Southwest Airlines' Recovery Begins in Earnest

Southwest Airlines (NYSE: LUV) disappointed shareholders in 2021. While the low-fare airline giant rapidly expanded its route network to new cities to capture incremental demand that it could not serve previously, it didn't see the financial benefits that bullish investors had expected.

For the full year, Southwest lost about $1.3 billion, excluding grants received from the federal airline payroll support programs. And whereas Southwest Airlines stock rallied to a multiyear high of nearly $65 last April, the shares have since shed about a third of their value, ending last week at $42.93.

LUV Chart

Southwest Airlines stock performance, data by YCharts.

Fortunately, Southwest Airlines finally returned to profitability last quarter. Furthermore, the company's results should improve significantly over the next few years as air travel patterns normalize.

A solid end to the year

In October, Southwest projected that its fourth-quarter revenue would fall 15% to 25% compared to 2019. Combined with rising fuel prices and nonfuel unit cost inflation, this implied that it would post yet another quarterly loss.

However, at the carrier's investor day in early December, management revealed that demand had recovered rapidly in the preceding weeks, with particular strength around the Thanksgiving holiday. Additionally, Southwest Airlines signed a new co-branded credit card agreement with Chase in early December, featuring improved economic terms. That put the company on track to record a profit in the fourth quarter.

Ultimately, Southwest booked $5.05 billion of revenue for the fourth quarter: down 11.8% from 2019 on an 8.3% capacity reduction. This allowed the company to withstand higher fuel prices and a 10.6% increase in adjusted nonfuel unit costs compared to two years earlier and earn a profit of $0.14 per share. That beat the analyst consensus of $0.07.

Expecting a quick rebound from the omicron variant

At the time of Southwest Airlines' investor day, management anticipated that the company would earn a profit in every quarter of 2022. Unfortunately, the severe impact of the omicron variant on demand and staffing has thrown a wrench into those plans.

Southwest estimates that it will miss out on $330 million of revenue in January and February combined because of this short-term drop in demand. As a result, first quarter revenue is set to decline 10% to 15% compared to Q1 2019 on approximately 9% less capacity.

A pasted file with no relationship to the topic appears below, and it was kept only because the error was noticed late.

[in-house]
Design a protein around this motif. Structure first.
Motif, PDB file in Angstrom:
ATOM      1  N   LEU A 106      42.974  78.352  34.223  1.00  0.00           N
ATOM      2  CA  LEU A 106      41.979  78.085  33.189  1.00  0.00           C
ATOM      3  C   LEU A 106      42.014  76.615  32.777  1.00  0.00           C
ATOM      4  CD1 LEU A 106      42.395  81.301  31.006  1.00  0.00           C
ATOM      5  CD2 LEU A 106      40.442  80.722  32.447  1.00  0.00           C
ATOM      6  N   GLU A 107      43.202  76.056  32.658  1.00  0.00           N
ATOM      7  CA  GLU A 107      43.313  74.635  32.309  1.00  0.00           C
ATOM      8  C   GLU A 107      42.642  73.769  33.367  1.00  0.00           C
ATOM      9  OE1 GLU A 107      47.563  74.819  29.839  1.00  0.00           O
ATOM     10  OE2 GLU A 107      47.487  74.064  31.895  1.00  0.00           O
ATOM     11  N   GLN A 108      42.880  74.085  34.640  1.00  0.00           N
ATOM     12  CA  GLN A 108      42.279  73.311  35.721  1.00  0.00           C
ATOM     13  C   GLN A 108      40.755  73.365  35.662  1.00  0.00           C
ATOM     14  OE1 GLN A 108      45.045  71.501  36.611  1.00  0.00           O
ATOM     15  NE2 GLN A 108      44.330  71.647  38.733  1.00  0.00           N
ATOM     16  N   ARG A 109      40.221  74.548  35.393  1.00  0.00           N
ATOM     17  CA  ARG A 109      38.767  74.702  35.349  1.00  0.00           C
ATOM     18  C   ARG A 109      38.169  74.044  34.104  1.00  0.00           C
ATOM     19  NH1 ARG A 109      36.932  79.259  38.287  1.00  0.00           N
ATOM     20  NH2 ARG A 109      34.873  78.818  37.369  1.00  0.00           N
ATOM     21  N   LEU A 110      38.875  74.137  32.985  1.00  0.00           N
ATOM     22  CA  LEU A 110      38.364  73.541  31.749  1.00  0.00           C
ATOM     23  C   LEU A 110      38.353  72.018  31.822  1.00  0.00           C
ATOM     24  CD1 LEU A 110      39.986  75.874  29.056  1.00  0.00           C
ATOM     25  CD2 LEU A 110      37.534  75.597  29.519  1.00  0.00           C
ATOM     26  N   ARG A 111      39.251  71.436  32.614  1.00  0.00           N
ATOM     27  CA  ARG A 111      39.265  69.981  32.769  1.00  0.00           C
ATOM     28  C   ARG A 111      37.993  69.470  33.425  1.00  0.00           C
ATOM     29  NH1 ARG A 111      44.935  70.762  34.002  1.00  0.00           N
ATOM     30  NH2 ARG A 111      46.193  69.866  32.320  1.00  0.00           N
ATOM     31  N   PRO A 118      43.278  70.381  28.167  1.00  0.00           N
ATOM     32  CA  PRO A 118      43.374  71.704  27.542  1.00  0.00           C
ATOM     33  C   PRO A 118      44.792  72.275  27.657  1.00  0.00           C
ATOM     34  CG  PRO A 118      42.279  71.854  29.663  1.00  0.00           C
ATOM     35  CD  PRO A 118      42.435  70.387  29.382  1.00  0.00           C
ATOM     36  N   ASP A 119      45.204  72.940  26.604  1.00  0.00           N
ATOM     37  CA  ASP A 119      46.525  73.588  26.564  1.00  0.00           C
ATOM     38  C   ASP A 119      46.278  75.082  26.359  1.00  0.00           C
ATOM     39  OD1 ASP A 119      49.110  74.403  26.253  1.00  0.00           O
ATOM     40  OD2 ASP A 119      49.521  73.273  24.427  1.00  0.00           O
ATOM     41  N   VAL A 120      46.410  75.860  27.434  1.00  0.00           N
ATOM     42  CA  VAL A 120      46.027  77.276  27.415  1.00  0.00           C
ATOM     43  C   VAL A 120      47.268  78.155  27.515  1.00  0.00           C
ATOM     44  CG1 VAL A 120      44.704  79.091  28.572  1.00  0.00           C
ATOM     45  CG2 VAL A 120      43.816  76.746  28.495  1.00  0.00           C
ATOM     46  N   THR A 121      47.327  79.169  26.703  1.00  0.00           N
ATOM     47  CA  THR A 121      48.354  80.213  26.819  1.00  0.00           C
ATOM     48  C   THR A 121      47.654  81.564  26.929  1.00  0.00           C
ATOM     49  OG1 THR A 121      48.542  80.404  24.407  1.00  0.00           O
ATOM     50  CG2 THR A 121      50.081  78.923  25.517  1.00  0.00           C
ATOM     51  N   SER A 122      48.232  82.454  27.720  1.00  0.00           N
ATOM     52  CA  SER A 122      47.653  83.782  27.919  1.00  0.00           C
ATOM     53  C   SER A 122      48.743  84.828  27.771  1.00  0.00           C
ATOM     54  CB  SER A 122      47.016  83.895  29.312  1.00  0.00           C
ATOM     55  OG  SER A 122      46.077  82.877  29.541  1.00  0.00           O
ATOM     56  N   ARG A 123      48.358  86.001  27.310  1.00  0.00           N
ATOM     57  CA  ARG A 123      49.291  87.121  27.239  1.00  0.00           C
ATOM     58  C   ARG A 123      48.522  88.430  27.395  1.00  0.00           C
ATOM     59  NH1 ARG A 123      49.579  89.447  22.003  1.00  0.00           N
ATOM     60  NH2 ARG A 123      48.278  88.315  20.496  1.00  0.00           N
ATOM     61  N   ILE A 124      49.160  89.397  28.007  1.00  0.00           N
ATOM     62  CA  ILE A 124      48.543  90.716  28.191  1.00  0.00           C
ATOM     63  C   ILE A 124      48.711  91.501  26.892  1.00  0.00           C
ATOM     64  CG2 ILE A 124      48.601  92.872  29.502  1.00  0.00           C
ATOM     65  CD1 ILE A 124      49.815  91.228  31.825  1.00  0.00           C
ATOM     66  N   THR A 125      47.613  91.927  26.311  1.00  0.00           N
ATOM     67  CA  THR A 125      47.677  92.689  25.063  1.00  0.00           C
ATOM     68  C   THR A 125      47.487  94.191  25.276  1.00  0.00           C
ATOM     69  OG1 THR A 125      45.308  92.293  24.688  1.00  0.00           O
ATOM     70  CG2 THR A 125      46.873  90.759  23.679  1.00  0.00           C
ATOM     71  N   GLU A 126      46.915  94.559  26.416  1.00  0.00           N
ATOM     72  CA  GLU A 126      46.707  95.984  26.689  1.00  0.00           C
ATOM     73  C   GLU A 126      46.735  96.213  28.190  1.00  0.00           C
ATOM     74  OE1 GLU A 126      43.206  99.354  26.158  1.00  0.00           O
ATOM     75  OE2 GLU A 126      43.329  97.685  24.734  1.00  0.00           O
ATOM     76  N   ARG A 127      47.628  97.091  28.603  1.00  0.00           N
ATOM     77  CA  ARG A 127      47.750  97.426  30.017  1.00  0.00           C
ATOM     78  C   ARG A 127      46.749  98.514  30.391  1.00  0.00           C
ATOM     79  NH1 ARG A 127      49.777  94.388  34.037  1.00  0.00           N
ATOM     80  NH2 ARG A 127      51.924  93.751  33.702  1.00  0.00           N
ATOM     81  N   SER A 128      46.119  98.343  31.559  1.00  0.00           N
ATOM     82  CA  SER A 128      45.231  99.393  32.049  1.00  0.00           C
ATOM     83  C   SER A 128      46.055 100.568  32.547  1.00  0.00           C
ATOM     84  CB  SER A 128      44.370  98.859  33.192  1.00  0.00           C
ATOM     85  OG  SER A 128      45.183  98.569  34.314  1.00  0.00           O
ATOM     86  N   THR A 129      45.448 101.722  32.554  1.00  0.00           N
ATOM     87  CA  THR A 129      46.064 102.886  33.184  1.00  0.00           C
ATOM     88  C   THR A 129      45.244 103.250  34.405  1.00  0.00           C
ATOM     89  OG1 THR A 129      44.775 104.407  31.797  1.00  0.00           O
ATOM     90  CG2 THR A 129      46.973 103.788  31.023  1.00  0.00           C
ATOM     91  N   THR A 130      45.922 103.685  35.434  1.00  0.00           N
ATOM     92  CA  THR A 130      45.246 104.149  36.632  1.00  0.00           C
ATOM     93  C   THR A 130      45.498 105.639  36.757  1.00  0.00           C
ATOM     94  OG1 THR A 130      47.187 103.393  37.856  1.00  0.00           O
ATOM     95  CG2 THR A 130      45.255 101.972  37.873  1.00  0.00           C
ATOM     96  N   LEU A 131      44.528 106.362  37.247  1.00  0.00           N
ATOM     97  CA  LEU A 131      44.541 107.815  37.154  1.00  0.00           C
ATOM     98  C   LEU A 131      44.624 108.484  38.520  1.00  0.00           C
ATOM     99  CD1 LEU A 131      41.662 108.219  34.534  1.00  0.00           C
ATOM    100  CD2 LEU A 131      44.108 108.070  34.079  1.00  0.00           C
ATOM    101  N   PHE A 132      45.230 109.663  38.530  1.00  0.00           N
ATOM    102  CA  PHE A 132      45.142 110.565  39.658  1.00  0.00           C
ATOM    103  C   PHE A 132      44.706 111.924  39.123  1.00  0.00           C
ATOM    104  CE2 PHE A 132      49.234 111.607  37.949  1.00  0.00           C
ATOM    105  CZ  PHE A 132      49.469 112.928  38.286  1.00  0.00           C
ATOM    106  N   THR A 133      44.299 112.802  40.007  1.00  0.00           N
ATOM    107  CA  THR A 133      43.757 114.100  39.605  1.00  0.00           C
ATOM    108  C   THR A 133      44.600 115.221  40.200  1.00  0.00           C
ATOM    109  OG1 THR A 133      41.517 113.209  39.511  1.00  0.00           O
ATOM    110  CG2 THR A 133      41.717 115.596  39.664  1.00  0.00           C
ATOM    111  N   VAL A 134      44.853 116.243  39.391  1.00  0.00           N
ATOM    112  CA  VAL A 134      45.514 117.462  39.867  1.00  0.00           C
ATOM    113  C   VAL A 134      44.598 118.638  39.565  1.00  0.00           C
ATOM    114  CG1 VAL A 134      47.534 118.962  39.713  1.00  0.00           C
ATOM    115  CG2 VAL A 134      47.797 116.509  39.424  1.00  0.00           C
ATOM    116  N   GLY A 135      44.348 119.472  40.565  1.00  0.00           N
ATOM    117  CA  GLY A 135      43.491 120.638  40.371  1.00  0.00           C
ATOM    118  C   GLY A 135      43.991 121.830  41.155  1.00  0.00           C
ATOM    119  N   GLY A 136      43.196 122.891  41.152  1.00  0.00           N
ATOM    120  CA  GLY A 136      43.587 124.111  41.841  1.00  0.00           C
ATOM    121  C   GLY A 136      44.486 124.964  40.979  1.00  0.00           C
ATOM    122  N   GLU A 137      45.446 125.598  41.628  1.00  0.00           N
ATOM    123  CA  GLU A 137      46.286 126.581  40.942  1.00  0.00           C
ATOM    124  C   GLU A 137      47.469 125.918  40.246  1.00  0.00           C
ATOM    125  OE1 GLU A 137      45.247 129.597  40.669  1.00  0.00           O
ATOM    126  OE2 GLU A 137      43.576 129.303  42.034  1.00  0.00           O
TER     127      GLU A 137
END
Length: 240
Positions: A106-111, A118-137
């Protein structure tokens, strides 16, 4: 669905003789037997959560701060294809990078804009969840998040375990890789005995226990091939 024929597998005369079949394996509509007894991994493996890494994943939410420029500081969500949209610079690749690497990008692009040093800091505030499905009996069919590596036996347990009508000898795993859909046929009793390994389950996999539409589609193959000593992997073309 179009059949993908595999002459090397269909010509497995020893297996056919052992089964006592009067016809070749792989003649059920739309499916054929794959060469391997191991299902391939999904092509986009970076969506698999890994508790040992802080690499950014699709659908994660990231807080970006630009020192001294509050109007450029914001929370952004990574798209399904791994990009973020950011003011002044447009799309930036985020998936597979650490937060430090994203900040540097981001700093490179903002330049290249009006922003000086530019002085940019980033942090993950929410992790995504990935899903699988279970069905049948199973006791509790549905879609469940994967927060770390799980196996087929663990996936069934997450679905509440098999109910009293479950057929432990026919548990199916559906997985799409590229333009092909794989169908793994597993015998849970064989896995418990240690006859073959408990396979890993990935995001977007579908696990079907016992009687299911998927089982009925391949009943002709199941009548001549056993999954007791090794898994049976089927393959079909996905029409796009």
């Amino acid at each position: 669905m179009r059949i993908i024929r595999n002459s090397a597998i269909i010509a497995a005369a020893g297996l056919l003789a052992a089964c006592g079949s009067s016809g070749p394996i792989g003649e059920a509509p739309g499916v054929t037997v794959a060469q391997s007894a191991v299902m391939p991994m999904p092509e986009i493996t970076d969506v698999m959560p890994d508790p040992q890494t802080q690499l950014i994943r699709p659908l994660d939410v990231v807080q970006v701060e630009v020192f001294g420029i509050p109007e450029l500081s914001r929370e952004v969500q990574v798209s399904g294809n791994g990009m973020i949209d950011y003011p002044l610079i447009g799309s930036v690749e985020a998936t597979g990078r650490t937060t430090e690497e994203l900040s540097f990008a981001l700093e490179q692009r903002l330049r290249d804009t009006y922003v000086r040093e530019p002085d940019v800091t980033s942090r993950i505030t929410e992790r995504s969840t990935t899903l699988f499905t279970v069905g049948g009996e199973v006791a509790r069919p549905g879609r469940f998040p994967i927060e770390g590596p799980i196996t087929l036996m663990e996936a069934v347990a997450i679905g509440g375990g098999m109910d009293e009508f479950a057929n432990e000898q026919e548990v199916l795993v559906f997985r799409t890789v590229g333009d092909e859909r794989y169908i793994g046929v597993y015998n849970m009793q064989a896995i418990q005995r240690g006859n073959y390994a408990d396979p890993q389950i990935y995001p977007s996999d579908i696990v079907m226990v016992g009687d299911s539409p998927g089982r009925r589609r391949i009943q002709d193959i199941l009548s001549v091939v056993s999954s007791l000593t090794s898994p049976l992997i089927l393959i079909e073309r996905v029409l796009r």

Southwest Airlines planes in an airport gate area.

Image source: Southwest Airlines.

Meanwhile, the impact of capacity cuts and an incentive program to keep planes flying despite a surge in sick calls will drive a 20% to 24% increase in nonfuel unit costs over the same period. Fuel costs have moved higher, too. This will cause Southwest to book a loss for the first quarter.

However, with COVID-19 case counts starting to decline again in the U.S., demand is already recovering. By the month of March, Southwest expects to be back in the black, and profitability should continue to strengthen over the course of 2022 as demand improves and cost pressures ease.

Finally worth a look again

For most of 2021, investor euphoria about the potential post-pandemic recovery had Southwest Airlines stock trading at levels that didn't leave much room for error. Not surprisingly, that led to poor share price performance as the airline experienced various setbacks in the second half of the year.

By contrast, Southwest Airlines stock now trades at an attractive valuation of 10 times its 2019 adjusted earnings per share (EPS) of $4.27. Southwest has numerous initiatives to boost EPS beyond that level, including fleet upgrades and efforts to boost fares by appealing to more business travelers. Additionally, the company has a substantial amount of excess cash that it will likely return to shareholders once restrictions on dividends and buybacks expire later this year.

To be fair, I remain concerned about Southwest's rising costs. Management projects that adjusted nonfuel unit costs will rise 12% to 16% this year compared to 2019 before easing somewhat in 2023. Other airlines did a better job of finding permanent cost savings over the past two years. Higher costs could offset much of the benefit from Southwest's revenue initiatives.

Yet the risk of rising costs pressuring profitability appears to be baked into Southwest Airlines' stock price today. That makes this stock worth a look for investors who want to bet on an airline industry recovery.

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Adam Levine-Weinberg has no position in any of the stocks mentioned. The Motley Fool recommends Southwest Airlines. The Motley Fool has a disclosure policy.

The views and opinions expressed herein are the views and opinions of the author and do not necessarily reflect those of Nasdaq, Inc.


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